And one of the featured Belizean films at this year's festival comes from a noted production house.
Ignite Belize has had their name tagged unto countless groundbreaking Belizean music videos like Tanya Carter's 'Ex-boyfriend', and Big Bang's 'Cocaine'.
And now, the founder, Carlo Habet is trying to parlay that success and savvy into filmmaking.
His first short film, "TIME FU EAT" is a refreshing and authentic look at Belizean socio-political culture.
Cherisse Halsall spoke to him and the cast and crew to find out why TIME FU EAT will call film buffs to the table.
In "TIME FU EAT" Stig da artist plays Lex, a successful Belizean musician whose fame is being bartered for public approval in political rallies. But, despite the serious tone that synopsis might convey, the film is also a lighthearted look at striving for success and the culture of cronyism in Belize. Carlo Habet told me why he deems it a dark comedy.
Carlo Habet, Director, Producer "I grew up at the time when movies were the thing, my dad had comics, but for me it was movies. So I always had a dream of making stuff like this and this is really my first foray."
"I think it's like a dark comedy, I think that's the way I look at it and it's interesting because writing it, we wanted to make something real and so we don't know where that fits and we think maybe drama but reading it over it's like you know this is actually funnier than I thought it would have been and that's I think a testament to Belizean people too and culture in that we're able to kind of maybe let's look at the funny side of everything."
The film was co-written by Andre Habet. Andre, a writer and academic researcher has lived in the US for the better part of a decade and says that he credits his contributions to the film to all the time he's spent retroactively obsessing over Belize.
Andre Habet, Co-writer "I really feel that Belize is in a desperate situation you know increasingly so and I think there's a lot of callous humor with that. I think a lot of people in our sort of drowning in some ways literal given how much the tide is rising. I think people find humor as a way to and so I wanted to translate how people translate that humor in the script but also I wanted to temporarily alleviate where their at but also I wanted to get some joy out of seeing archetypes of Belizeans that we don't usually see in any sort of media."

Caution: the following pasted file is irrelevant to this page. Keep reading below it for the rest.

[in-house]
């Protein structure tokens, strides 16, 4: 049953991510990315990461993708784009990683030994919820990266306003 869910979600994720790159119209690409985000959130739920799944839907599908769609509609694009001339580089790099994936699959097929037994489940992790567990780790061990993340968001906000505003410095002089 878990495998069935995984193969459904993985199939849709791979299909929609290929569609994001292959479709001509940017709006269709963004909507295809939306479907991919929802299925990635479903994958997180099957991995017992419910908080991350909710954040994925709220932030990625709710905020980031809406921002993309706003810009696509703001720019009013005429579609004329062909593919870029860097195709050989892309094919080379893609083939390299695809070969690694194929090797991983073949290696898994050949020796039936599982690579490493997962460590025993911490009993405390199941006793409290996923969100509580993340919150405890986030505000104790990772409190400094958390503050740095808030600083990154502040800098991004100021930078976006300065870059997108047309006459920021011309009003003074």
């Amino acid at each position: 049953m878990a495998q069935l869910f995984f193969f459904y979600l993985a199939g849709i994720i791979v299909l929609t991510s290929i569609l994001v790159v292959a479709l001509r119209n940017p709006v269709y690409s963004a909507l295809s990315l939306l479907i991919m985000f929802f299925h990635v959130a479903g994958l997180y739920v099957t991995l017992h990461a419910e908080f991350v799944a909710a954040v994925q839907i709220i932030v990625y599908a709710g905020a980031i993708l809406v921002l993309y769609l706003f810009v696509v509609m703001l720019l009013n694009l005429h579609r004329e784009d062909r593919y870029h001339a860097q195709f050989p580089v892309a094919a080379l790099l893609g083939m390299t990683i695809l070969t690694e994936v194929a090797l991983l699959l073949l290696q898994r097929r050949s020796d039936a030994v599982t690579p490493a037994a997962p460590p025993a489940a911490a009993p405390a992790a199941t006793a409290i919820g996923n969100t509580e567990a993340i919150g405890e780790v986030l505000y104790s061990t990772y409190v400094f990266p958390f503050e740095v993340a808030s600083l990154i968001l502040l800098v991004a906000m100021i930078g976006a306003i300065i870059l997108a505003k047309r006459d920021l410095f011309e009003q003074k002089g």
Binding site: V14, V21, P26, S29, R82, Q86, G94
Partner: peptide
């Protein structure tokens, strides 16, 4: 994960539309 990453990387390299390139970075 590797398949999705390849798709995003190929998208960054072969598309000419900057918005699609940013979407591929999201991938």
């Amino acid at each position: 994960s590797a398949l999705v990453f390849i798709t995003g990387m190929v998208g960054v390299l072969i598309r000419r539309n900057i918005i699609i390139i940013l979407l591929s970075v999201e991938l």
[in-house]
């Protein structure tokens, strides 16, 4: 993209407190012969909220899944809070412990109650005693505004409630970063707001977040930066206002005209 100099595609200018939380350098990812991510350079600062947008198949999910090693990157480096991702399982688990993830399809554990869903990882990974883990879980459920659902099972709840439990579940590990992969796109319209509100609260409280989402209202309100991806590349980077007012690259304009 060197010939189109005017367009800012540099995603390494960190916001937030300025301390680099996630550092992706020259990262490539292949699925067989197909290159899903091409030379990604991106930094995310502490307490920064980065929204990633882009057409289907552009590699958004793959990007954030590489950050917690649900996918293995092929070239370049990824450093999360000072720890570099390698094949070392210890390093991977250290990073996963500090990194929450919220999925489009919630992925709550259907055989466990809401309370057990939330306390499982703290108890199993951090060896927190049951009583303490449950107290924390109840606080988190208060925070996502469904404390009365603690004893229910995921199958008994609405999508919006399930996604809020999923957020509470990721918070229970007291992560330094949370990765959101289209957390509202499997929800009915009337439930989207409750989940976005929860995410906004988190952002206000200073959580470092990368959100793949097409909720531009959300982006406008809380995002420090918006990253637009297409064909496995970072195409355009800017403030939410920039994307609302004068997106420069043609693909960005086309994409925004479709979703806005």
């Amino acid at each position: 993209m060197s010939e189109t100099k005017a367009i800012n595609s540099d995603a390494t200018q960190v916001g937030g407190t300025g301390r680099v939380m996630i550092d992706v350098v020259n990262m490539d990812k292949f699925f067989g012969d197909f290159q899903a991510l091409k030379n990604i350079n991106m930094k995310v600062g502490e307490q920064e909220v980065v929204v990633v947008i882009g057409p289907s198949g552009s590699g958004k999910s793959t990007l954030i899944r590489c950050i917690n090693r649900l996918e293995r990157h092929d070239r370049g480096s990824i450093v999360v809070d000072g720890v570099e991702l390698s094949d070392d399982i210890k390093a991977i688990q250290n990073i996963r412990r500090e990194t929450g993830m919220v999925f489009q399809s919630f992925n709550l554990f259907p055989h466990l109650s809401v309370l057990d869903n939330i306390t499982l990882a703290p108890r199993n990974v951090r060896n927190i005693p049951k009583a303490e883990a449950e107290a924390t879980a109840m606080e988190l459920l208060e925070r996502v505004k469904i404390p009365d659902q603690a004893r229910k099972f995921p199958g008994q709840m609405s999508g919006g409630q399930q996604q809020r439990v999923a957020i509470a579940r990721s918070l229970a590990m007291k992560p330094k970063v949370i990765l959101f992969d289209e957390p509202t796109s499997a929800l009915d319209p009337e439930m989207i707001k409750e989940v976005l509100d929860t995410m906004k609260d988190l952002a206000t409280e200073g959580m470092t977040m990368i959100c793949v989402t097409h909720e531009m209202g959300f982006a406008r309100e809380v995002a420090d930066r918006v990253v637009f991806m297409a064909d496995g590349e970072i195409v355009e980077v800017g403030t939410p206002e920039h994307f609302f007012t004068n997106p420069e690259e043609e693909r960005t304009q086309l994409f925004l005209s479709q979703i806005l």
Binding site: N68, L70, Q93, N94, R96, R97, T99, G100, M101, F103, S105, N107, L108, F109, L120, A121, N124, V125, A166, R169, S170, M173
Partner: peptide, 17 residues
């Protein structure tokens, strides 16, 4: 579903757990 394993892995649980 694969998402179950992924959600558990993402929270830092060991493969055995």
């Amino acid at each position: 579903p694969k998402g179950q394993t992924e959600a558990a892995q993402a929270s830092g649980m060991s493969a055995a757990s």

And while it's unmistakably Belizean, the chemistry of its ensemble cast evokes the camaraderie of young adults trying to make it:
Horatio Guerrero, Darren "When Carlo gave me the script I was a little bit hesitant because I was like do I really want to play this character because it's really I mean it's a comedy but it's really real to Belizean culture and you know after looking at it I was like you know what let me give this a shot."
"One of the reasons that films are great and everything is because in society you get to reflect and mirror society and people get to see themselves on camera sometimes when you're doing something you don't realize what your saying or your intentions or what your doing to the other person but when you get to see it from an outside perspective it makes you see the world with a different point of view."
The Film was bolstered by the presence of three talented Belizean Actresses. Cory Escobar who plays the film's good guy tells us about the role Ilona Smiling played opposite him.
Cory Escobar, Richard "She was like that wife that was like you know what it has to be the right way, and she was like the educated wife you know like basically i'm the uncool person in the whole movie and she just complements me in the sense that she's being really educated and focused for all of us."
"I'm trying to focus and it's like basically she's like the boss in our marriage because she's like I don't know it's time to go home. She's the person like that and with all Belizean parties, house psrties you have that one person that's like I need to go home right like you could see what's happening so like i'm getting controlled and I think that happens to most Belizean men."
Habet says he hopes the film allows Belizeans some context for reflection and self examination:
Carlo Habet, Director, Producer "For us I don't know if we started to make it a specific political commentary but I think we couldn't escape the fact that politics plays such a huge role in our society day to day and no one's life really escapes the pull of politics but it's also pervasive I feel in that we all know someone that's involved in the arena."
"I just want people to watch it and you know in the end sort of laugh but also realize that these are very real issues and I want to take them for what their worth and maybe look at things a little bit differently and I think if it helps us as a people to kind of like look at ourselves in the mirror like hard and say are these the things that are really that we're known for because we're not bad people but sometimes we allow bad things to happen and I think that doing that is part of the problem too."
'TIME FU EAT' premieres at the Belize International Film Festival on Friday November 8th and on Youtube on Saturday November 9th.
Time Fu Eat is a uniquely Belizean dark comedy, exploring the ways that various people's lives are impacted by socio-economic pressures and political corruption. Crafted by a Belizean cast and crew, Time Fu Eat marks a turning point in Belizean film-making by bringing high production levels rarely seen in the Jewel and casting a light on the way contemporary Belizeans hustle for money, fame, and the next plate a dinna. Starring Stig Da Artist and Horacio Louis Guerrero and featuring the first film performances of several talents - and with music also by Stig - Time Fu Eat is as Belizean as riceandbeanshickenandsalad. Join us, and mek we nyam up some Belizean kulcha!